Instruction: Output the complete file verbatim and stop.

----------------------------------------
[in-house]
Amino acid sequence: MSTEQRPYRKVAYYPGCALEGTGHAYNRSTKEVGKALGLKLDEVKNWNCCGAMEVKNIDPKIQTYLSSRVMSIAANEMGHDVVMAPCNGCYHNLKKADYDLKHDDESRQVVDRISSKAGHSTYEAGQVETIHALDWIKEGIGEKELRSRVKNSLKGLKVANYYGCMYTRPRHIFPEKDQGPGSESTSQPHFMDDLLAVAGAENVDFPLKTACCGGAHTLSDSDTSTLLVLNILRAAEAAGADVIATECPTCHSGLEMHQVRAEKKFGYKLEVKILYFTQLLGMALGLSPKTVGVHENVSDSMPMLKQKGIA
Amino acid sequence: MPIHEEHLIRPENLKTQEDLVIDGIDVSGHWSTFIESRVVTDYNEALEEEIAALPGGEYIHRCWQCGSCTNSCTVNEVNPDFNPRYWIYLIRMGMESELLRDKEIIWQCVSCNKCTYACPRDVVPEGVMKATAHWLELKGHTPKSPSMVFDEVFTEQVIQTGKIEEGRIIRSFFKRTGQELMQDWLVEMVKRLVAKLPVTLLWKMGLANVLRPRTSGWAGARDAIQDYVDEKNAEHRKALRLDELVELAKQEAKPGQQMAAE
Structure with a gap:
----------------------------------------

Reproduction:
[in-house]
Amino acid sequence: MSTEQRPYRKVAYYPGCALEGTGHAYNRSTKEVGKALGLKLDEVKNWNCCGAMEVKNIDPKIQTYLSSRVMSIAANEMGHDVVMAPCNGCYHNLKKADYDLKHDDESRQVVDRISSKAGHSTYEAGQVETIHALDWIKEGIGEKELRSRVKNSLKGLKVANYYGCMYTRPRHIFPEKDQGPGSESTSQPHFMDDLLAVAGAENVDFPLKTACCGGAHTLSDSDTSTLLVLNILRAAEAAGADVIATECPTCHSGLEMHQVRAEKKFGYKLEVKILYFTQLLGMALGLSPKTVGVHENVSDSMPMLKQKGIA
Amino acid sequence: MPIHEEHLIRPENLKTQEDLVIDGIDVSGHWSTFIESRVVTDYNEALEEEIAALPGGEYIHRCWQCGSCTNSCTVNEVNPDFNPRYWIYLIRMGMESELLRDKEIIWQCVSCNKCTYACPRDVVPEGVMKATAHWLELKGHTPKSPSMVFDEVFTEQVIQTGKIEEGRIIRSFFKRTGQELMQDWLVEMVKRLVAKLPVTLLWKMGLANVLRPRTSGWAGARDAIQDYVDEKNAEHRKALRLDELVELAKQEAKPGQQMAAE
Structure with a gap: